Host-rumen microbiome interactions and influences on feed conversion efficiency (FCE), methane production and other productivity traits


The rumen microbiome has the important task of supplying ruminants with most of their dietary requirements and is responsible for providing them with up to 70% of their metabolic needs and protein supply (Siciliano-Jones and Murphy, 1989; Bergman, 1990). This tremendous feat is possible due to the large diversity of microorganisms in the rumen, operating on different trophic levels (Flint et al„ 2008; Morais and Mizrahi, 2019a,b). As such, ruminants are considered the hallmark of obligatory host-microbe interactions. The notion that differences in microbial composition could affect the animals' physiology, efficiency and waste output, has been suggested for the past 70 years of ruminant research, much earlier than the development of high throughput technology, which allowed researchers in the past decade to establish such a link (Krause et al., 2003). Hungate, in his seminal book The Rumen and Its Microbes (Hungate, 2013), suggested that a modulation of the microbial community toward improving fiber digestion may represent an avenue for increased productivity. Indeed the early works regarding the rumen microbiome largely focused on a subset of cultivable bacteria for which improved function was © Burleigh Dodds Science Publishing Limited. 2020. All rights reserved.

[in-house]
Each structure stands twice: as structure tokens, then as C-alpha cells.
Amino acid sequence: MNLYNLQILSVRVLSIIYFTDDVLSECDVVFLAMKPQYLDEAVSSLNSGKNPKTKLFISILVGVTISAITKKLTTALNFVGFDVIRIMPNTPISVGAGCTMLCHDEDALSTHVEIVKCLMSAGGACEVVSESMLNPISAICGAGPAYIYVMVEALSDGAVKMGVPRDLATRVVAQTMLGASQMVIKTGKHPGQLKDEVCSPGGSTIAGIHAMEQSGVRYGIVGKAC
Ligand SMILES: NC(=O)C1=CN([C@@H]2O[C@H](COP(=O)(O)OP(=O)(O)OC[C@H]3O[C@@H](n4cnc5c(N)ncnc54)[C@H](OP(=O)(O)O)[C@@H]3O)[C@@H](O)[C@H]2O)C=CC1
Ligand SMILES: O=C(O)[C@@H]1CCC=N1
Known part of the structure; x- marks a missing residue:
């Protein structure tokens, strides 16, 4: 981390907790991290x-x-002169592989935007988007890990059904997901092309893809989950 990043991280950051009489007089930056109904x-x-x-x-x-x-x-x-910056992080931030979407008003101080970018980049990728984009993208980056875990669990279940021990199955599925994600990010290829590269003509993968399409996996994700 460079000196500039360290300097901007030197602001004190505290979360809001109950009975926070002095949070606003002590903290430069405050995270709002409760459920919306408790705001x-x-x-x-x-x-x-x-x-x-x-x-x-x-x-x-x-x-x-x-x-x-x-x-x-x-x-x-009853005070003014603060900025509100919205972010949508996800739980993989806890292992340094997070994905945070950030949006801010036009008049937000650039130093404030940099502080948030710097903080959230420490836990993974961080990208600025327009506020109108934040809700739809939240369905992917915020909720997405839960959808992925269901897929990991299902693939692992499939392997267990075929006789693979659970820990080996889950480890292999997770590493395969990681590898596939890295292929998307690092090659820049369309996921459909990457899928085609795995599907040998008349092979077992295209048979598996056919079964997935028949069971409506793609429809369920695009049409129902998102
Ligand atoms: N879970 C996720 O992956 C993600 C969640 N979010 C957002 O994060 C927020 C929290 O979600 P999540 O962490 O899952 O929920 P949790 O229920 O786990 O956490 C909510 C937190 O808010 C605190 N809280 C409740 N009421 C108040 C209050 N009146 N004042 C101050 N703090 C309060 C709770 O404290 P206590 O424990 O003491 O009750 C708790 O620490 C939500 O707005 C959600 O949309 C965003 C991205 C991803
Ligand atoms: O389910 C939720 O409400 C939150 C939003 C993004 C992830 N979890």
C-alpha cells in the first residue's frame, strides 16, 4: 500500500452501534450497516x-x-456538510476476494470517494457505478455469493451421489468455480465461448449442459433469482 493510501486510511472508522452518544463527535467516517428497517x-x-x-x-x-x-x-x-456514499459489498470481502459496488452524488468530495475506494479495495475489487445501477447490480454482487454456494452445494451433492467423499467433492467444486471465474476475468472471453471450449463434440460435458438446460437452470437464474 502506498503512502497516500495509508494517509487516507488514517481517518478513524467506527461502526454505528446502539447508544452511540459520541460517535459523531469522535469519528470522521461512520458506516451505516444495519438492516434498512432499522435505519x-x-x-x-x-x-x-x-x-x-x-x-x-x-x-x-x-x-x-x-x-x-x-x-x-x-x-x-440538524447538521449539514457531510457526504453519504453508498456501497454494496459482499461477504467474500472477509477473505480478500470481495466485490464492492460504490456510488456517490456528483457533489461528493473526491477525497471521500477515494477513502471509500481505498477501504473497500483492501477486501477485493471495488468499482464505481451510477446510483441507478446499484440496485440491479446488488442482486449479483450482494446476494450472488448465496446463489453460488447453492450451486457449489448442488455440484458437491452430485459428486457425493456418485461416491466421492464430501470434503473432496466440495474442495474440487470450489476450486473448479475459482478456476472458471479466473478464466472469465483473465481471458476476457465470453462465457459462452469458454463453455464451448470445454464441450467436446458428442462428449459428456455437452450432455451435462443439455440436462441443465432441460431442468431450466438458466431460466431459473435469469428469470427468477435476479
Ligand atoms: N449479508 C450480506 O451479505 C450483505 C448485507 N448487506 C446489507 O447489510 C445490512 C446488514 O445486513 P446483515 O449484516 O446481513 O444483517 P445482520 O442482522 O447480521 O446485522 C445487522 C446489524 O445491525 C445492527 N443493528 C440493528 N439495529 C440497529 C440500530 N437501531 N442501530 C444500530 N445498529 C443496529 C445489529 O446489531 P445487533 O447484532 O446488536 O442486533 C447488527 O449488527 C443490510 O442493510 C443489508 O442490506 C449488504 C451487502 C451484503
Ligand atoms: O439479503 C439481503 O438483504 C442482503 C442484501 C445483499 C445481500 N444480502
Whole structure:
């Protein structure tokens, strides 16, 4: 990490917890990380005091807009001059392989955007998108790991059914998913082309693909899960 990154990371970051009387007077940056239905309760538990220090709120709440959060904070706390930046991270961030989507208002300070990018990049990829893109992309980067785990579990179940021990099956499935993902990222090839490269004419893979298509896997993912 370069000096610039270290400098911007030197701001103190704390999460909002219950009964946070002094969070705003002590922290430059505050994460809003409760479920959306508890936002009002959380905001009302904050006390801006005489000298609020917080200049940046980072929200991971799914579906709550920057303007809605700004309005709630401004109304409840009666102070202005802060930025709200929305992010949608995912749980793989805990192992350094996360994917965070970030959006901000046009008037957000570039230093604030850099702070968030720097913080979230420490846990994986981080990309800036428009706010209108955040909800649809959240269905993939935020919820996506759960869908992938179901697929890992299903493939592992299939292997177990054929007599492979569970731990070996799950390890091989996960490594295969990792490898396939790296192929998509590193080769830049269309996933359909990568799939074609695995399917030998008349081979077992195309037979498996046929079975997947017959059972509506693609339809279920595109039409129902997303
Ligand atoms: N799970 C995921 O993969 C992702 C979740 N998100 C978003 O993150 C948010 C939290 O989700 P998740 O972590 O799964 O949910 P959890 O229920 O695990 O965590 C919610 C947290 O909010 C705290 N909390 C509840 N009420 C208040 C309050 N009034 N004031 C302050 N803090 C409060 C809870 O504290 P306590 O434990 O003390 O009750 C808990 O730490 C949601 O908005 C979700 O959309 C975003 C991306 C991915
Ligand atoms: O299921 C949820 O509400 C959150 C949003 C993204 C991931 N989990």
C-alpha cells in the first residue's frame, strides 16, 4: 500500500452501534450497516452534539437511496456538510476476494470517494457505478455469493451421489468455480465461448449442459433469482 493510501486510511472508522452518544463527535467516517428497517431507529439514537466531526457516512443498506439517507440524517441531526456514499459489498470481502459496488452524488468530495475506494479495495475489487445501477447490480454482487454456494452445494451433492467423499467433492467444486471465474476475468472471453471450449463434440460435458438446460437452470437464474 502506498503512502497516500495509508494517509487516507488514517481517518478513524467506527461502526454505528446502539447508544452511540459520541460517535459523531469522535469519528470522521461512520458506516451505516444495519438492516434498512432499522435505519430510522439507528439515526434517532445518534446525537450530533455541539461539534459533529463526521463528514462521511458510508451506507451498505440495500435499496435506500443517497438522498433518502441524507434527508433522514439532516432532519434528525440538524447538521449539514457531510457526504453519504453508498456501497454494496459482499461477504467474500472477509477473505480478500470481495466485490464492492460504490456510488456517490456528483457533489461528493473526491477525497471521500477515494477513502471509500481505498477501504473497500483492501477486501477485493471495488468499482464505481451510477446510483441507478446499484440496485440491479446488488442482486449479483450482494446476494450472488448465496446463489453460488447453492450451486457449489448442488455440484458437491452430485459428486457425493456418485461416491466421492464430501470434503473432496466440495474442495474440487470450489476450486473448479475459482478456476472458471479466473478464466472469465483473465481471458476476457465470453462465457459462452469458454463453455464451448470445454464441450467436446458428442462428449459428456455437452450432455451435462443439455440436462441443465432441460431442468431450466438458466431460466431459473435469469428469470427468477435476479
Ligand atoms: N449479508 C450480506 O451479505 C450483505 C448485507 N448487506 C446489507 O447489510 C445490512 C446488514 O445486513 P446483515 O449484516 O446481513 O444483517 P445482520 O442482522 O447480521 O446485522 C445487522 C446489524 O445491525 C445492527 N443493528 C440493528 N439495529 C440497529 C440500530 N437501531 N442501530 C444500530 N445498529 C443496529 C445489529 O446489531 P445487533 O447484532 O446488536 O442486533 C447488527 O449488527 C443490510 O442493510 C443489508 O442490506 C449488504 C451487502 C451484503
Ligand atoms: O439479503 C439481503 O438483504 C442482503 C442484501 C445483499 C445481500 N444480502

thought to increase animal productivity (Krause et al., 2003). However, these early attempts at modifying the rumen microbial composition toward improved efficiency have mostly failed to sustain a desired phenotype (Attwood et al., 1988; Flint et al., 1989; Wallace and Walker, 1993; Miyagi et al., 1995; Krause et al„ 1999, 2003). It has been pointed out that, in order to achieve this goal, one has to first understand the role of each component of the microbiome and its effect on the overall microbial community and the host.